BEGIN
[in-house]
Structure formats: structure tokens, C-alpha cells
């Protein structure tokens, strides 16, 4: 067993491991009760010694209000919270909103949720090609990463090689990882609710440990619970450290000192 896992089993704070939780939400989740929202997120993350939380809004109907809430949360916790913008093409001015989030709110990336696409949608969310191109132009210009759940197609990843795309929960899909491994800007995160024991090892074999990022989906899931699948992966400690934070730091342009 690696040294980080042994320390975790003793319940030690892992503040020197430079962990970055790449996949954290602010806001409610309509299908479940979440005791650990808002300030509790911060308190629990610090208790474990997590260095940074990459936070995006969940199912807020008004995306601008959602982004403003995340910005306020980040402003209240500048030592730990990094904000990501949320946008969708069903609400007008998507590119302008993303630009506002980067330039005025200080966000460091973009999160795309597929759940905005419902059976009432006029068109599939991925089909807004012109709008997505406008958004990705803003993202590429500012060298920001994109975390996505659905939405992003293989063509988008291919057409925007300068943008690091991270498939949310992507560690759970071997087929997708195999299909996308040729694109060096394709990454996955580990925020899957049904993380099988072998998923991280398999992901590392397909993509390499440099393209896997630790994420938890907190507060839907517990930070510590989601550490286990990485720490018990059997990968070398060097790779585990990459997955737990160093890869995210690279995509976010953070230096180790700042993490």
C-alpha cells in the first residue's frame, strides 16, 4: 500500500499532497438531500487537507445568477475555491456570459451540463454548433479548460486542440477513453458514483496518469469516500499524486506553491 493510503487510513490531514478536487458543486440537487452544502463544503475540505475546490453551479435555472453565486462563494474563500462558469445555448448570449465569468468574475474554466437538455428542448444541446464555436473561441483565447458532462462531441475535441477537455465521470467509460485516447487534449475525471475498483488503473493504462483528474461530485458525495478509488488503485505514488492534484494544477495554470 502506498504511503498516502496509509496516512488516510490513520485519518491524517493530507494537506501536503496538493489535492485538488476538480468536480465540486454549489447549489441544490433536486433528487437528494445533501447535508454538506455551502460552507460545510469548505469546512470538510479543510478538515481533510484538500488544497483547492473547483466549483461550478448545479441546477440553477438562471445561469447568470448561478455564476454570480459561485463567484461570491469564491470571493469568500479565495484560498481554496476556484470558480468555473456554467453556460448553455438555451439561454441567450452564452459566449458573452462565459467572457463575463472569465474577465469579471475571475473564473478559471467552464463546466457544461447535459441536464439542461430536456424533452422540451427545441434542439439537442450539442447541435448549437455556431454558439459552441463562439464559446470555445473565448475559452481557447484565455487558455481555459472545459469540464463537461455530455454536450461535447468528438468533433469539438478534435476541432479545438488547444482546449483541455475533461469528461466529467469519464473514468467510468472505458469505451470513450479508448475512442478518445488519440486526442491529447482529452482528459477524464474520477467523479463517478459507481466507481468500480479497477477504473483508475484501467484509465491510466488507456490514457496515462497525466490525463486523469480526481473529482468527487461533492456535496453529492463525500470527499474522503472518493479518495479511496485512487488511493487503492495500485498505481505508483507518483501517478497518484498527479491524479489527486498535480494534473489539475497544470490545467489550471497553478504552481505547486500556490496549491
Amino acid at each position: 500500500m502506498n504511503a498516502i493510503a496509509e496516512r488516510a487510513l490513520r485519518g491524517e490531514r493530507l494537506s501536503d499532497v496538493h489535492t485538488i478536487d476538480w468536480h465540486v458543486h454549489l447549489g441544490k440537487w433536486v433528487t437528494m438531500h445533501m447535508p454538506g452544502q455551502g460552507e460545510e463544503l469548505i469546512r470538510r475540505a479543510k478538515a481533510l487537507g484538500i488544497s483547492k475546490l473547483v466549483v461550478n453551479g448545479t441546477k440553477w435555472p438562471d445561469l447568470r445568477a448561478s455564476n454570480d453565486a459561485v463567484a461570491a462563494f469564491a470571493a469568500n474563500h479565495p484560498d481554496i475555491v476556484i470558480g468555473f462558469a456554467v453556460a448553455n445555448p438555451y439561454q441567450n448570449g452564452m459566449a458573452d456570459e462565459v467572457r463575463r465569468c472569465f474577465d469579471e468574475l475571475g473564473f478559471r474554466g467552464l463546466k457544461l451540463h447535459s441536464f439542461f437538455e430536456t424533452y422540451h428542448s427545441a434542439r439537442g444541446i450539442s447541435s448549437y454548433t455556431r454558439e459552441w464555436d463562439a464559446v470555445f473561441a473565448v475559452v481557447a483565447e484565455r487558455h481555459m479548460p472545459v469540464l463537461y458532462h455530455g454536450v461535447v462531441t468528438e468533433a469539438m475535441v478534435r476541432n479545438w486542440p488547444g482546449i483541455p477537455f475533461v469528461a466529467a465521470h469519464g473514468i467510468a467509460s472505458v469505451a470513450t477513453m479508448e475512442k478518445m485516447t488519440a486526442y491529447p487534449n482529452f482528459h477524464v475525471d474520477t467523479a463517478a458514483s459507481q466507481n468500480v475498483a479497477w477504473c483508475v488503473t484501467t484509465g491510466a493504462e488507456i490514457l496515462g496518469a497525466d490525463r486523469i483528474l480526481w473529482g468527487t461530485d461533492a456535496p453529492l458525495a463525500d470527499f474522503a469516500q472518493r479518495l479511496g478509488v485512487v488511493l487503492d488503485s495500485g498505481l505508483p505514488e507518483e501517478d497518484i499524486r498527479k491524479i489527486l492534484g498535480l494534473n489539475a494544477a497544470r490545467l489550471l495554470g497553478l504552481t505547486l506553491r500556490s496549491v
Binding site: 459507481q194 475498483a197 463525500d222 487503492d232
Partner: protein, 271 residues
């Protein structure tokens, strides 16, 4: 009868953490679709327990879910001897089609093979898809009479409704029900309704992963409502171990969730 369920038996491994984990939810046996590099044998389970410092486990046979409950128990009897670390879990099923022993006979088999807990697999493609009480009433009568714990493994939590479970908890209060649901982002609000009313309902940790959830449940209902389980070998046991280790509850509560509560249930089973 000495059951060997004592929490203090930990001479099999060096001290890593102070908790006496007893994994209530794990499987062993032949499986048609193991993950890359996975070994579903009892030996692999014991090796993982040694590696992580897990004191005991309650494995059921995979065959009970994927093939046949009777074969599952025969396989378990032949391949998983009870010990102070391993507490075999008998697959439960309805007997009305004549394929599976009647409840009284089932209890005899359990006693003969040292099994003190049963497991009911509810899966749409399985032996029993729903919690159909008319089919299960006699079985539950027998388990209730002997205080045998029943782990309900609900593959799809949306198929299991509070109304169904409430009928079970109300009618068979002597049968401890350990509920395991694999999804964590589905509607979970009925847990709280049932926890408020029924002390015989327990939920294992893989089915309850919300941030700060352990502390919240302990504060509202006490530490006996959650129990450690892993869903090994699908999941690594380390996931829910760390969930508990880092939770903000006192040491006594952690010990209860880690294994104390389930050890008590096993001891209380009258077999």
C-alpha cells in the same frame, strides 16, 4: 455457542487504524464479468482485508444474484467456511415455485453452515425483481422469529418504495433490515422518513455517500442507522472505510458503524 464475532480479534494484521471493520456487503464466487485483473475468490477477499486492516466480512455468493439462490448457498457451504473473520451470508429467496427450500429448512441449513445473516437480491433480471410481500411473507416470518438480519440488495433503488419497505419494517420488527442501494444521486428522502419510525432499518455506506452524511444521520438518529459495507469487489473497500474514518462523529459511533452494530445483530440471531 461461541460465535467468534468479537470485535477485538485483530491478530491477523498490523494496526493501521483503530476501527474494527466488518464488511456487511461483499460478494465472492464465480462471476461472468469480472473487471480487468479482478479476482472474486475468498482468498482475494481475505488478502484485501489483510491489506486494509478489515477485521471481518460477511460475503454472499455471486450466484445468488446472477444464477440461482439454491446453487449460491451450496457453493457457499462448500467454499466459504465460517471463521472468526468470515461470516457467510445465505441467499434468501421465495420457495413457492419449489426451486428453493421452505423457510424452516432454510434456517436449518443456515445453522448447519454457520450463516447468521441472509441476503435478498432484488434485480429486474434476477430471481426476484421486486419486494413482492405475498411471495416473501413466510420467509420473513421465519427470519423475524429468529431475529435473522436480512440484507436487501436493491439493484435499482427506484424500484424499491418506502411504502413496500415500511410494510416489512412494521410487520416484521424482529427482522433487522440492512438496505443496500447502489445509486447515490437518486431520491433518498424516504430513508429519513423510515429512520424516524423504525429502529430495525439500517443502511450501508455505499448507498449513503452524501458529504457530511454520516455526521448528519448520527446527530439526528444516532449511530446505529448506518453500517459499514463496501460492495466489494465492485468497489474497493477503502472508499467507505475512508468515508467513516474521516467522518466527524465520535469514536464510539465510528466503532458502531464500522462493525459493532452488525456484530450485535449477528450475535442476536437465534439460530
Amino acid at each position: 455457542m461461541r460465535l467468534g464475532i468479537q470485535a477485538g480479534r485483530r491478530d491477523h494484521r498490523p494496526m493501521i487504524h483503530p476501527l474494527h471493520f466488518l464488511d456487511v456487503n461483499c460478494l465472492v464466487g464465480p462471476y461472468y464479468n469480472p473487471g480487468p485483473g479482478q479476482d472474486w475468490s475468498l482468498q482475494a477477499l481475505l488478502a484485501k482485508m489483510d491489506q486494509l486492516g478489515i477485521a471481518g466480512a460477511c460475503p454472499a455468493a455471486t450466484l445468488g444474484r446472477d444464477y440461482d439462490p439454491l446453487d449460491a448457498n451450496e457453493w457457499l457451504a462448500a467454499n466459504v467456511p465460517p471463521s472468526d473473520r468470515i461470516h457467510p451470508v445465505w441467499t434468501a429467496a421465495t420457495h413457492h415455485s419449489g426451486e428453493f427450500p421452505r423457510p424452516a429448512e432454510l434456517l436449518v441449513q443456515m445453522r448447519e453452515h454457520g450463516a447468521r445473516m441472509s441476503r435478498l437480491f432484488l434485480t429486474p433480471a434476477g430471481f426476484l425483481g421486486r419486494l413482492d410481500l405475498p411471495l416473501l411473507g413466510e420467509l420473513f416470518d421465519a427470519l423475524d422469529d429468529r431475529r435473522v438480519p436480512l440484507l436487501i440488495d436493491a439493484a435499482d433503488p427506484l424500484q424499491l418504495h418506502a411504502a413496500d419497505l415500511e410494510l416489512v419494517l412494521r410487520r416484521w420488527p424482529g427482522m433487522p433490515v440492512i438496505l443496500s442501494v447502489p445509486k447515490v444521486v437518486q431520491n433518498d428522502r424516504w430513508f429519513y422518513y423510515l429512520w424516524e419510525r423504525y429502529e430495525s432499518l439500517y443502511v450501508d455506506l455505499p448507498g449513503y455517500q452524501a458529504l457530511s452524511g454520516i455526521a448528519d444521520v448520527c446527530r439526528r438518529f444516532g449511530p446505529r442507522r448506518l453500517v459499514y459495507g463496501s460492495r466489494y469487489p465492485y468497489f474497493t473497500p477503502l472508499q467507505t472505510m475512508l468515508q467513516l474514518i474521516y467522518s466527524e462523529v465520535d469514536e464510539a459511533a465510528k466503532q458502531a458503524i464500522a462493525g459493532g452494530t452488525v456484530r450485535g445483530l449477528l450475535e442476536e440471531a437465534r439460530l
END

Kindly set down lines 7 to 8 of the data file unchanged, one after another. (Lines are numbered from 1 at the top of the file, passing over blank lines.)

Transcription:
Partner: protein, 271 residues
């Protein structure tokens, strides 16, 4: 009868953490679709327990879910001897089609093979898809009479409704029900309704992963409502171990969730 369920038996491994984990939810046996590099044998389970410092486990046979409950128990009897670390879990099923022993006979088999807990697999493609009480009433009568714990493994939590479970908890209060649901982002609000009313309902940790959830449940209902389980070998046991280790509850509560509560249930089973 000495059951060997004592929490203090930990001479099999060096001290890593102070908790006496007893994994209530794990499987062993032949499986048609193991993950890359996975070994579903009892030996692999014991090796993982040694590696992580897990004191005991309650494995059921995979065959009970994927093939046949009777074969599952025969396989378990032949391949998983009870010990102070391993507490075999008998697959439960309805007997009305004549394929599976009647409840009284089932209890005899359990006693003969040292099994003190049963497991009911509810899966749409399985032996029993729903919690159909008319089919299960006699079985539950027998388990209730002997205080045998029943782990309900609900593959799809949306198929299991509070109304169904409430009928079970109300009618068979002597049968401890350990509920395991694999999804964590589905509607979970009925847990709280049932926890408020029924002390015989327990939920294992893989089915309850919300941030700060352990502390919240302990504060509202006490530490006996959650129990450690892993869903090994699908999941690594380390996931829910760390969930508990880092939770903000006192040491006594952690010990209860880690294994104390389930050890008590096993001891209380009258077999």